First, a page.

The National Coalition Against Censorship has written to the Board of Education of Columbus County Schools in Whiteville, North Carolina, regarding reports of the treatment of One of a Kind, Like Me by Laurin Mayeno. NCAC is concerned about the district’s policies on supplemental materials, the application of those policies in this case, and possible First Amendment repercussions.

One of a Kind, Like Me tells the story of a boy who decides to dress as a princess for a school costume parade, and his efforts to find an appropriate costume. The book is a reaffirmation of the importance and dignity of each individual. Its lesson appears on the last page, in which the characters state that each of them, whether dressed as an octopus, a butterfly, or a princess, is “one of a kind.”

After local university students performed the book for elementary school students via video, some parents complained to district officials. In response, the district superintendent apologized for not ensuring that the book was vetted before being performed, and a school board member was quoted as saying that the district does not consider matters of “gender identity politics” to be appropriate for the district’s elementary school classrooms.

By declaring the book inappropriate because it touches on issues that adults see as related to gender identity, the district is imposing its own view of what are acceptable forms of difference among individuals. Claims that certain books are “inappropriate” often serve as a mask for hostility towards the viewpoint expressed by those books, which raises grave First Amendment concerns. Determinations of “appropriateness” must always be grounded in educational reasoning, made without viewpoint bias.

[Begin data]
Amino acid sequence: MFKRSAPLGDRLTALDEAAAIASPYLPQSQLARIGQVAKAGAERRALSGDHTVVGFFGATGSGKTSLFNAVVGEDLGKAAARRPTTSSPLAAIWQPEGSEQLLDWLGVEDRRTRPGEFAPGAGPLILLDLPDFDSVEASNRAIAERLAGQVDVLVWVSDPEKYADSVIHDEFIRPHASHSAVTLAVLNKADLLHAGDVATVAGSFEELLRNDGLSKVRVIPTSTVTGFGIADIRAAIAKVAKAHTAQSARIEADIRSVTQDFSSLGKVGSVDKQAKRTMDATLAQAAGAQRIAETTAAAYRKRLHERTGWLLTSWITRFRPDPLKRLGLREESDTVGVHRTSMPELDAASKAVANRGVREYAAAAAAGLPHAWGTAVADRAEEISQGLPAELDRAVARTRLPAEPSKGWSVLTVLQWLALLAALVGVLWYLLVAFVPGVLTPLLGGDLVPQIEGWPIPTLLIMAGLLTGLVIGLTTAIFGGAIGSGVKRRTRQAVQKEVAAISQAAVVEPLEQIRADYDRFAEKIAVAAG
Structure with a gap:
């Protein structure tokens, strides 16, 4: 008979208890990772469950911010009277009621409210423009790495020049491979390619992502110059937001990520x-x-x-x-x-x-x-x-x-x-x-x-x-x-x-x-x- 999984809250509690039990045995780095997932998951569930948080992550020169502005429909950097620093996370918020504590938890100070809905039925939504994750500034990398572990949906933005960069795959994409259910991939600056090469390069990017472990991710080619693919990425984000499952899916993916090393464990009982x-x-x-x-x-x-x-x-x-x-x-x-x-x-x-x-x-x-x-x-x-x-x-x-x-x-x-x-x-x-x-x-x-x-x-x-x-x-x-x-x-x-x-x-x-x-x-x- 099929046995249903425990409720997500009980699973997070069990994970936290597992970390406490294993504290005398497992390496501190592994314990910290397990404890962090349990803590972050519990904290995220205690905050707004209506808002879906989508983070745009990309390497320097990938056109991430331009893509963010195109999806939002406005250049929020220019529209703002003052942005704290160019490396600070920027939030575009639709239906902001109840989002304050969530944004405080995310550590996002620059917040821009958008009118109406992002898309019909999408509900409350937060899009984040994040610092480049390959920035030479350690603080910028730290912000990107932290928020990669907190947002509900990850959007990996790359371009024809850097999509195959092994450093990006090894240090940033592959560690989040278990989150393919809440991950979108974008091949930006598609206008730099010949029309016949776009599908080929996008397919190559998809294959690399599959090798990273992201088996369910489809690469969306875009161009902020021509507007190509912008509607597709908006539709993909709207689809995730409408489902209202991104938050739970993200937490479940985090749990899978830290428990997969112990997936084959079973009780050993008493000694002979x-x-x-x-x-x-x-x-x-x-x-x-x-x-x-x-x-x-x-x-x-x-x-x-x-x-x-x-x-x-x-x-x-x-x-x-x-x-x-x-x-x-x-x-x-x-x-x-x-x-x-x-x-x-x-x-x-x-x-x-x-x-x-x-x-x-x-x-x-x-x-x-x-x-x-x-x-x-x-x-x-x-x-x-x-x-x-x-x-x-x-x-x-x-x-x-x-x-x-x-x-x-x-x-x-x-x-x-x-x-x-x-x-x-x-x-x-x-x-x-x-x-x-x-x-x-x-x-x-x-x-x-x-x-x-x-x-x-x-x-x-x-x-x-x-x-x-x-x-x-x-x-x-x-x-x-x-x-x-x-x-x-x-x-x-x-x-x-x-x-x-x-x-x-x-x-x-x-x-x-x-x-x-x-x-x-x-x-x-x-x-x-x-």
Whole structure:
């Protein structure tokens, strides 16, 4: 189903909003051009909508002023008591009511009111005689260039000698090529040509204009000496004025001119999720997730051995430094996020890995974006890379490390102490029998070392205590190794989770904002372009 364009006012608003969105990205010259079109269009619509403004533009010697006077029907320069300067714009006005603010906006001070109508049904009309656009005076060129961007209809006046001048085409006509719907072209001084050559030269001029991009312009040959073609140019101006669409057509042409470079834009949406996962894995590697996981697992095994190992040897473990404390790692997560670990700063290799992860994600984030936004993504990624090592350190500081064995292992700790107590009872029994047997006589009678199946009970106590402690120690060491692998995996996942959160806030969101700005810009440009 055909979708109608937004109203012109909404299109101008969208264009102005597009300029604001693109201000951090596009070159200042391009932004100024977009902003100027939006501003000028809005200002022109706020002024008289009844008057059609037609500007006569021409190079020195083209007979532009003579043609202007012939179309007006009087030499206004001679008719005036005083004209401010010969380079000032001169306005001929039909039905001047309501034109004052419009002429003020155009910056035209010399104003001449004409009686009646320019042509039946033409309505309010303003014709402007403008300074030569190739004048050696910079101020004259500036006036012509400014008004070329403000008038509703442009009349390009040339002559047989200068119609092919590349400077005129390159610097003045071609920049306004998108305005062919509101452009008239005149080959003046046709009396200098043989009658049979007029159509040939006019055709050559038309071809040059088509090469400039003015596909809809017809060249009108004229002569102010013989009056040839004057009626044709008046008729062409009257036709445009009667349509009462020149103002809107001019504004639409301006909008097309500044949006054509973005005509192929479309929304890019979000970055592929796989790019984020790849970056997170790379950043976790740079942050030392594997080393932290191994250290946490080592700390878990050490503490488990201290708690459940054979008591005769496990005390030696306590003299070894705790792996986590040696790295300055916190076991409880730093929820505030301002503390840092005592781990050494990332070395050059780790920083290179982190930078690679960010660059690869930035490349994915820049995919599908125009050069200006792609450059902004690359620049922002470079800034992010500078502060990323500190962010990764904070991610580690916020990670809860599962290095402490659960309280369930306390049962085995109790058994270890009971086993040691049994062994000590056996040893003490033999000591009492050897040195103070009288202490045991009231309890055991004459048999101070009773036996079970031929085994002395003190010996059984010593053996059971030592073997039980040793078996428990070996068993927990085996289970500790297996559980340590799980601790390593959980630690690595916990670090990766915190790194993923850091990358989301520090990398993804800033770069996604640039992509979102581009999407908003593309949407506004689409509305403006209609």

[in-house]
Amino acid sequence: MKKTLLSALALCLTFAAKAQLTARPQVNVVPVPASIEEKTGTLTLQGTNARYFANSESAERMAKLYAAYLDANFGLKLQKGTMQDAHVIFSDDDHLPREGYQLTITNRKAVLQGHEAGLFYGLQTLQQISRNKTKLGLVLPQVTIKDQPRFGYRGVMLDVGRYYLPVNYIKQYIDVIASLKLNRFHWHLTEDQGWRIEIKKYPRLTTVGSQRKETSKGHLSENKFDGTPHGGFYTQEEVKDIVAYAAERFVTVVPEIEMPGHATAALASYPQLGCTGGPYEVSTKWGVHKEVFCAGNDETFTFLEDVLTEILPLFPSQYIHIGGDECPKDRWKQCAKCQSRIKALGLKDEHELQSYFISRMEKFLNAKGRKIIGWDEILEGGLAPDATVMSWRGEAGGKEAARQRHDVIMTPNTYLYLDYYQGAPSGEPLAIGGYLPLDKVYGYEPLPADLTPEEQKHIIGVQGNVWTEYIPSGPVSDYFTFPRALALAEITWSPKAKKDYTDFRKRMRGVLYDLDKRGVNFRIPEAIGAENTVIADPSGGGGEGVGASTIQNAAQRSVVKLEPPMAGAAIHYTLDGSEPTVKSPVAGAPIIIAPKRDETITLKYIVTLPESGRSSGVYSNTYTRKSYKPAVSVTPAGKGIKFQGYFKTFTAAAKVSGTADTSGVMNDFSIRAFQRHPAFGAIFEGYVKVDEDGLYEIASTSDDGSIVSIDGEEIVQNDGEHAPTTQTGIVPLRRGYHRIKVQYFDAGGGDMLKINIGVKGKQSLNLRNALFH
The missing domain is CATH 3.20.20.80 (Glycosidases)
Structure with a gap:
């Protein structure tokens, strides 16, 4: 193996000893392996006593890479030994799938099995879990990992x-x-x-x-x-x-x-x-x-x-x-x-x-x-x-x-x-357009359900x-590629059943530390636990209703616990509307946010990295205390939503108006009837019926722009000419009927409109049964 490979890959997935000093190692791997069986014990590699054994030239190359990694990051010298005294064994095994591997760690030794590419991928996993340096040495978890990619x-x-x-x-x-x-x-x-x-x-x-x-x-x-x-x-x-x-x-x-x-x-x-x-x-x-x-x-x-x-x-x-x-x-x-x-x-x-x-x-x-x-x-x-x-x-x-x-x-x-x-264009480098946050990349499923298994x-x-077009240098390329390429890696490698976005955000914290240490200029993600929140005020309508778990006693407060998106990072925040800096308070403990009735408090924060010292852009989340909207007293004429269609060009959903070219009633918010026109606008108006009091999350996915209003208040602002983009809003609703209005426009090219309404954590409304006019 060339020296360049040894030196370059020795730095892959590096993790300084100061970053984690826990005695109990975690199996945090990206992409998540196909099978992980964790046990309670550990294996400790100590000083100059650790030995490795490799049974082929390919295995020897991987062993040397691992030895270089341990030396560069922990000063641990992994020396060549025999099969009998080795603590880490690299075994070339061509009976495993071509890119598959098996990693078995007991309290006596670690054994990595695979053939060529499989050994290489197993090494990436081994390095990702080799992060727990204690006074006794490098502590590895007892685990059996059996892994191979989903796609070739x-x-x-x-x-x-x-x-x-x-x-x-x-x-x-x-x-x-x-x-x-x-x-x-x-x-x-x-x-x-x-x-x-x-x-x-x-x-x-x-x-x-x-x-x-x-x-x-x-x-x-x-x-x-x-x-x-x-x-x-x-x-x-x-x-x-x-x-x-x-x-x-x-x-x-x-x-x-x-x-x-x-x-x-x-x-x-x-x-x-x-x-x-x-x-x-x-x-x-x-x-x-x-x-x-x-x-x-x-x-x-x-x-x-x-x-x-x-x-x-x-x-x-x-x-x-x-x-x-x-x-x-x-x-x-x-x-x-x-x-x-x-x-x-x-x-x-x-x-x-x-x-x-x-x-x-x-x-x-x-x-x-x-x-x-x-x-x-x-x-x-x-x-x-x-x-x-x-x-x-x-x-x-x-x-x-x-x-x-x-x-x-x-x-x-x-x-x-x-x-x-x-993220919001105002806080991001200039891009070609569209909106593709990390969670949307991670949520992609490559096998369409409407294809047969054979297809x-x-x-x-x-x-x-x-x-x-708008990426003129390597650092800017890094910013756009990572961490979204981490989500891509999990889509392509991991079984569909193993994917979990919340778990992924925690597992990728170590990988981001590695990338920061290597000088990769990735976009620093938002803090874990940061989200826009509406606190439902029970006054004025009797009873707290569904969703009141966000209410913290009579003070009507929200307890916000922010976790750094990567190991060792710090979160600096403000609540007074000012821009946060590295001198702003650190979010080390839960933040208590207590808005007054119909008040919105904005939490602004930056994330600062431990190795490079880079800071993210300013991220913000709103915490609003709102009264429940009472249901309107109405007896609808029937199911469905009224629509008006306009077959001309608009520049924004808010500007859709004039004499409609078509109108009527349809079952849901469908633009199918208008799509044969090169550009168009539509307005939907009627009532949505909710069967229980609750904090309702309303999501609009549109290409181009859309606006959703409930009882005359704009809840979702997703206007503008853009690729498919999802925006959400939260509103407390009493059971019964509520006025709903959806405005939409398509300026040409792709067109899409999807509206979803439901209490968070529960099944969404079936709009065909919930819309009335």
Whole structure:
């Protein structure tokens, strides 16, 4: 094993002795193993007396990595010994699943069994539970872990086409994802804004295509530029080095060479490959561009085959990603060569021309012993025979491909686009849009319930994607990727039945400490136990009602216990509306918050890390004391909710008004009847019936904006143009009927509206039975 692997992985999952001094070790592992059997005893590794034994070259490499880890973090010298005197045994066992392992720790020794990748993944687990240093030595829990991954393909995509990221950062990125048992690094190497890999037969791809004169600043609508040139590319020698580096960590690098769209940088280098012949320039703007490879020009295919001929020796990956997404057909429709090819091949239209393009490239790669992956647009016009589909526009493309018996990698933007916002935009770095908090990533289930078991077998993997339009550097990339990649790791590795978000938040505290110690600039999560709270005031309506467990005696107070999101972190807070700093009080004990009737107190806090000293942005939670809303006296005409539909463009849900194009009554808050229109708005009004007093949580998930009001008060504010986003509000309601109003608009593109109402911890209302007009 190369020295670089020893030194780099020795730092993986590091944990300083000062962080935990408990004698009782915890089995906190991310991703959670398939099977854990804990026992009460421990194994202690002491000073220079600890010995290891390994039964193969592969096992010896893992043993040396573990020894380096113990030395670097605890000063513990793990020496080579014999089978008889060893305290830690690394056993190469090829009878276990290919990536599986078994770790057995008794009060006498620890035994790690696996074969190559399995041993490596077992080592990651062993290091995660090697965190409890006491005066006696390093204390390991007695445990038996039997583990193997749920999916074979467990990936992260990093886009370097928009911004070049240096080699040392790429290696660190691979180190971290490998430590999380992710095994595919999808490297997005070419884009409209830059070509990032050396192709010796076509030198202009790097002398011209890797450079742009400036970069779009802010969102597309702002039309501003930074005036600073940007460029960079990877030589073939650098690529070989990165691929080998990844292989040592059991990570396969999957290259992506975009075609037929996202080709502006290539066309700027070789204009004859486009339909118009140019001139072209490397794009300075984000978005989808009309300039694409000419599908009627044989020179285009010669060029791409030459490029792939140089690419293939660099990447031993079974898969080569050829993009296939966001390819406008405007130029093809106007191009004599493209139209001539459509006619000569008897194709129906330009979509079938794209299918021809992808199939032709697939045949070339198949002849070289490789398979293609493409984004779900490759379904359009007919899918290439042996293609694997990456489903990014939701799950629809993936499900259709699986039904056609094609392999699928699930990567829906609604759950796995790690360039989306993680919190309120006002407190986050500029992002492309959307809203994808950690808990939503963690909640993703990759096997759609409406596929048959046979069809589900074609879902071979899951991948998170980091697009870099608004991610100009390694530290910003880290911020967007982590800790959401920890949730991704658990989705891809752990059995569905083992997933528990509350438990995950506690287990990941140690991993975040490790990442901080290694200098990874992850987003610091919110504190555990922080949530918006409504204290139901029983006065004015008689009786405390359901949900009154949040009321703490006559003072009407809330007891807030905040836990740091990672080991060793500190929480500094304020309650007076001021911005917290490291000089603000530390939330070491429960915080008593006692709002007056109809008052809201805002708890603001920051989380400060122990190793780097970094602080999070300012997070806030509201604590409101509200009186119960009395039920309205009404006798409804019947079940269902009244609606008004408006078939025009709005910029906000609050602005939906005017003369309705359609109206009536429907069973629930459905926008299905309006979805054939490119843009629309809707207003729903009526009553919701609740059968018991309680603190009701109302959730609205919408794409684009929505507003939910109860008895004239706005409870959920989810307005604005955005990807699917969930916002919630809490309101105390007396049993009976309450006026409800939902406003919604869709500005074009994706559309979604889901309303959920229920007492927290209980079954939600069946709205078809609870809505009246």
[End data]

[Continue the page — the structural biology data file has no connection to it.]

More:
Additionally, the claim that the district requires vetting of all supplemental material misrepresents board policy, which states: “Principals shall establish rules concerning what materials may be brought in by teachers without review.” This misrepresentation of policy suggests that the district official’s concern was not so much one of process but of their perception of the book’s viewpoint. The public comments by district officials appear to ban the use of One of a Kind, Like Me in district classrooms. Such a ban violates the district’s own procedures for adjudicating parental challenges to classroom materials, which are designed in part to prevent viewpoint discrimination from affecting decisions about instructional materials.

NCAC calls upon the Columbus County School District to publicly clarify that teachers may use supplemental materials without vetting if doing so complies with their specific school’s policies for such use. Further, we call upon the district to take no action regarding the use of One of a Kind Like Me unless a formal challenge is filed, as required by district policies. If such a challenge is filed, we expect the district to follow those procedures in their entirety.

Read the full letter to the school district below. Click here for a full screen view: